Criminal Law

Narcotic and drug control

Offences

New trial was ordered

Evidence. Accused drove transport truck loaded with raspberries from California to Ontario. When Canada Border Services Agency officers opened trailer of accused’s truck at border crossing, they saw two suitcases on top of skids of raspberries, which contained 39 kilograms of cocaine. Accused was charged with importing and possessing cocaine for purpose of trafficking. Accused denied seeing luggage on load in truck. Crown led evidence that accused had considerably under-reported length of his stop in California, and evidence suggesting it was unlikely that luggage was loaded on truck at same time as berries. Accused was acquitted and Crown appealed. Appeal allowed. Trial judge erred by making findings of fact based on speculation, and relied on those findings to conclude that accused was not “only” person who would be in position to retrieve drugs. Significance of that conclusion to trial judge’s ultimate determination was readily apparent when considered in context of defence that accused was “blind courier”. Trial judge also erred by failing to consider all of evidence in relation to ultimate issue of guilt by using piecemeal approach, effectively requiring Crown to prove each individual piece of evidence beyond reasonable doubt. Failure to consider evidence as whole is error of law warranting appellate intervention. Trial judge’s legal errors clearly affected his verdict of acquittal. New trial ordered.
R. v. Knezevic (2016), 2016 CarswellOnt 18886, 2016 ONCA 914, John Laskin J.A., E.E. Gillese J.A., and David Watt J.A. (Ont. C.A.).

Business Associations

Legal proceedings involving business associations

Practice and procedure in proceedings involving corporations

Appeal was transferred to Divisional Court

Shareholders commenced action against corporations in negligence for failing to prevent or detect fraud. Corporations moved to strike portions as amended statement of claim. In response, shareholders moved under s. 246 of Ontario Business Corporations Act (Act) for leave to commence derivative action. Motion judge found shareholders’ motion was statute-barred by virtue of s. 4 of Limitations Act, 2002. Shareholders appealed to Ontario Court of Appeal. Appeal transferred to Divisional Court. Order under appeal was order within meaning of s. 255 of Act, and appeal lay to Divisional Court.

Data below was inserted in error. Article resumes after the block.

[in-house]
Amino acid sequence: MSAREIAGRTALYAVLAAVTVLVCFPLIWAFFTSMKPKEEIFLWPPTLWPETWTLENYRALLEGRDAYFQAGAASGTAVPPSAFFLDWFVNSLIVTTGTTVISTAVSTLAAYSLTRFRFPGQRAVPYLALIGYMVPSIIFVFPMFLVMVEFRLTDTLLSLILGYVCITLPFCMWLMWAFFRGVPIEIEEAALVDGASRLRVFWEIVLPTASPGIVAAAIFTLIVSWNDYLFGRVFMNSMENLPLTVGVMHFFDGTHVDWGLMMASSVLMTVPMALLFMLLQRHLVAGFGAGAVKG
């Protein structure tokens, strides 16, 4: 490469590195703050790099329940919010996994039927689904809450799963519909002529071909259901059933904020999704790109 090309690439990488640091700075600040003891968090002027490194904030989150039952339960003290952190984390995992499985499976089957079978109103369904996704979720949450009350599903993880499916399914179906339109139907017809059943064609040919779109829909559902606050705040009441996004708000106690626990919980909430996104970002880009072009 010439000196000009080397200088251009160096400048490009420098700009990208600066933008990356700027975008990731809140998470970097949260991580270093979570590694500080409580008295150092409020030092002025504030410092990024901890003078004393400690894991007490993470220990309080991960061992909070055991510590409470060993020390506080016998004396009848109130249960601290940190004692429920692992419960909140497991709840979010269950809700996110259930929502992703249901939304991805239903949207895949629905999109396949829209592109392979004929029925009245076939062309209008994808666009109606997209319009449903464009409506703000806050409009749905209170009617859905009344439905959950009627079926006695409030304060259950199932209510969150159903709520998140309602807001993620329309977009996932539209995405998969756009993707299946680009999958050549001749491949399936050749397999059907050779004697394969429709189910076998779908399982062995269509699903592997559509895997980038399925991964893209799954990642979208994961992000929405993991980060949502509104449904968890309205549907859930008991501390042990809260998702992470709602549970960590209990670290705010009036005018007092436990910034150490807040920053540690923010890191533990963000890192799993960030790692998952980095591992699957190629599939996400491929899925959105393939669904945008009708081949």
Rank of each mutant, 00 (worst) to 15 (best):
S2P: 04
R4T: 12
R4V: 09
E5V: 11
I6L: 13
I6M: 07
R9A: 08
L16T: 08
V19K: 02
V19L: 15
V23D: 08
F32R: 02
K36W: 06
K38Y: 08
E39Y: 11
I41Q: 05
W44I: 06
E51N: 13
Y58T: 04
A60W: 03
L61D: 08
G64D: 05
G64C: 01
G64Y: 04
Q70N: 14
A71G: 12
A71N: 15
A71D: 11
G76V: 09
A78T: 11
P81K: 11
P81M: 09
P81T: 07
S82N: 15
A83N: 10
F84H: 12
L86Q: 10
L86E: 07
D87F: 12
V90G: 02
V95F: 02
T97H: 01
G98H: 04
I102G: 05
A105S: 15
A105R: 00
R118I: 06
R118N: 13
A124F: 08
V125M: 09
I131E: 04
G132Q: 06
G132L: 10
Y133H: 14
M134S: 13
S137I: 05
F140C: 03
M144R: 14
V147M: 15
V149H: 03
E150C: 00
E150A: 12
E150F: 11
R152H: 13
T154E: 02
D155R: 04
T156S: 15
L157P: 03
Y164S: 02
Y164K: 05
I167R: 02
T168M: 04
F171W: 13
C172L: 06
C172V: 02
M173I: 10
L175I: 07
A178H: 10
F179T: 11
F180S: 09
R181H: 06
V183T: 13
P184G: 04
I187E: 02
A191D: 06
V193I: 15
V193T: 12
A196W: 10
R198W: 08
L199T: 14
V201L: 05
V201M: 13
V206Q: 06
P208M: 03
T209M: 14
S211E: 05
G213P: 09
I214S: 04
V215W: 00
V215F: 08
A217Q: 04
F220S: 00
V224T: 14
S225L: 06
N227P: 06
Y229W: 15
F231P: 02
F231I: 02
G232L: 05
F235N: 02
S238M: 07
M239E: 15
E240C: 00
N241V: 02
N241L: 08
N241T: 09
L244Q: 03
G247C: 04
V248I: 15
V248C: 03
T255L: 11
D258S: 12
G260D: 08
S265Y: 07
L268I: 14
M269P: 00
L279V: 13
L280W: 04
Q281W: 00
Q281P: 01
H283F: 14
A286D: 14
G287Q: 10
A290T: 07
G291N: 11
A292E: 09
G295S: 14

1186708 Ontario Inc. v. Gerstein (2016), 2016 CarswellOnt 18627, 2016 ONCA 905, E.E. Gillese J.A., M.L. Benotto J.A., and L.B. Roberts J.A. (Ont. C.A.).

Bankruptcy and Insolvency

Discharge of bankrupt

Conditional discharge

Condition imposed was not unreasonable

Bankrupt misappropriated over $5 million from clients while employed as investment advisor by creditor. Bankrupt was ordered to pay restitution to creditor but did not do so. Creditor petitioned bankrupt into bankruptcy and filed proof of claim for amount it had reimbursed its clients. During bankruptcy, bankrupt received disability payments of $13,000 to $15,000 per month but paid no surplus income. Master ordered that, as condition of discharge, bankrupt was to pay $284,346 to Trustee as surplus income up to certain date, payable at $5,000 per month. Master also ordered bankrupt to pay additional $5,000 per month to Trustee for further six years, referring to amounts as surplus income payments. Master suspended discharge from bankruptcy for two years, subject to payment of surplus income. Bankrupt appealed, alleging Master erred in ordering him to pay further $5,000 per month of “surplus income” for six years as condition of discharge. Appeal dismissed. When viewed in their entirety, Master’s reasons did not refer to surplus income within meaning in s. 68 of Bankruptcy and Insolvency Act but instead referred to income which is available for payment pursuant to condition of bankrupt’s discharge under s. 172 of Act. Master was clear that further payment was imposed as condition of bankrupt’s discharge without any reference to surplus income under s. 68. Condition imposed was not unreasonable. Duration of payments was not unduly long. Circumstances of case were exceptional, both in terms of breach of trust and fraud that gave rise to creditor’s claim and in terms of amount of claim.
Cole v. RBC Dominion Securities Inc. (2016), 2016 CarswellOnt 19513, 2016 ONSC 7110, H.J. Wilton-Siegel J. (Ont. S.C.J.).
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After the Supreme Court set out a framework to assess the independence of expert witnesses, litigators have different opinions about whether it’s too difficult to exclude expert evidence on the basis of bias. What do you think?
Yes, it remains very hard to get this evidence excluded, but this may change as trial court judges pay more attention to the backgrounds of expert witnesses.
No, it is not hard to get this evidence excluded, as the courts continually refine the role of experts in both criminal and civil litigation.